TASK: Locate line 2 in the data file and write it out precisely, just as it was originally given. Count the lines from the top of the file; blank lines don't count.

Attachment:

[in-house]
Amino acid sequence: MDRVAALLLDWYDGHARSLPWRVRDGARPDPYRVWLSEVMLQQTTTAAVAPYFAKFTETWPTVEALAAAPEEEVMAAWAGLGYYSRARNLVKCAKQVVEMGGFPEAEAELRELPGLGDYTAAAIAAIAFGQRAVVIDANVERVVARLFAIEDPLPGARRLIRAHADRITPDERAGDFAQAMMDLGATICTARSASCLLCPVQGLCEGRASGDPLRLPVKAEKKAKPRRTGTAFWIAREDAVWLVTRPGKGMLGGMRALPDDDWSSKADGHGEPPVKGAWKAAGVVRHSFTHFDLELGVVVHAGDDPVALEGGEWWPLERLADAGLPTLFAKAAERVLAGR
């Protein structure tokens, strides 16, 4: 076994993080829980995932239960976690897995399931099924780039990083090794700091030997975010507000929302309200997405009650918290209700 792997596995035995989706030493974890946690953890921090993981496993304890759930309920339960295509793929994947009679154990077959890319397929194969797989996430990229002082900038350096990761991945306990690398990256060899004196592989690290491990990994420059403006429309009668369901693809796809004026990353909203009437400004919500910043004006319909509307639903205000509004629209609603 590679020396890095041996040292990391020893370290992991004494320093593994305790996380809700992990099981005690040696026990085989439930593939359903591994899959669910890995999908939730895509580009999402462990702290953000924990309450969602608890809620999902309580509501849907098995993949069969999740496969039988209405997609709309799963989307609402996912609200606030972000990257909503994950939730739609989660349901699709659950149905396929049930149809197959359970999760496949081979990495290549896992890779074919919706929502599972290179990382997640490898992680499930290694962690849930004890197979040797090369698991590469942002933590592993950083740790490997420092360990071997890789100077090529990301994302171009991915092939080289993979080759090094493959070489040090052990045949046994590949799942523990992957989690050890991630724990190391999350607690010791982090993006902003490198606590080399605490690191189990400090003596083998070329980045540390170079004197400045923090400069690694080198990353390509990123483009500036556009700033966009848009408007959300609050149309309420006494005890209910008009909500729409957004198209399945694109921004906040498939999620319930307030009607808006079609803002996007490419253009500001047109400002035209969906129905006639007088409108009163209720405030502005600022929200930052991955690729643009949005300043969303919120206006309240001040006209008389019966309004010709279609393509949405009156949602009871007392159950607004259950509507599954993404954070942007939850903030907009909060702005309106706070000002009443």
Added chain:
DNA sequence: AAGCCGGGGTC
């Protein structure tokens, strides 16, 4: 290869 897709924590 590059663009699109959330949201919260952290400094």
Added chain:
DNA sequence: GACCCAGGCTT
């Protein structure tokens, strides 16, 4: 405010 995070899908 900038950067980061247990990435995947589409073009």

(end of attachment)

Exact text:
Amino acid sequence: MDRVAALLLDWYDGHARSLPWRVRDGARPDPYRVWLSEVMLQQTTTAAVAPYFAKFTETWPTVEALAAAPEEEVMAAWAGLGYYSRARNLVKCAKQVVEMGGFPEAEAELRELPGLGDYTAAAIAAIAFGQRAVVIDANVERVVARLFAIEDPLPGARRLIRAHADRITPDERAGDFAQAMMDLGATICTARSASCLLCPVQGLCEGRASGDPLRLPVKAEKKAKPRRTGTAFWIAREDAVWLVTRPGKGMLGGMRALPDDDWSSKADGHGEPPVKGAWKAAGVVRHSFTHFDLELGVVVHAGDDPVALEGGEWWPLERLADAGLPTLFAKAAERVLAGR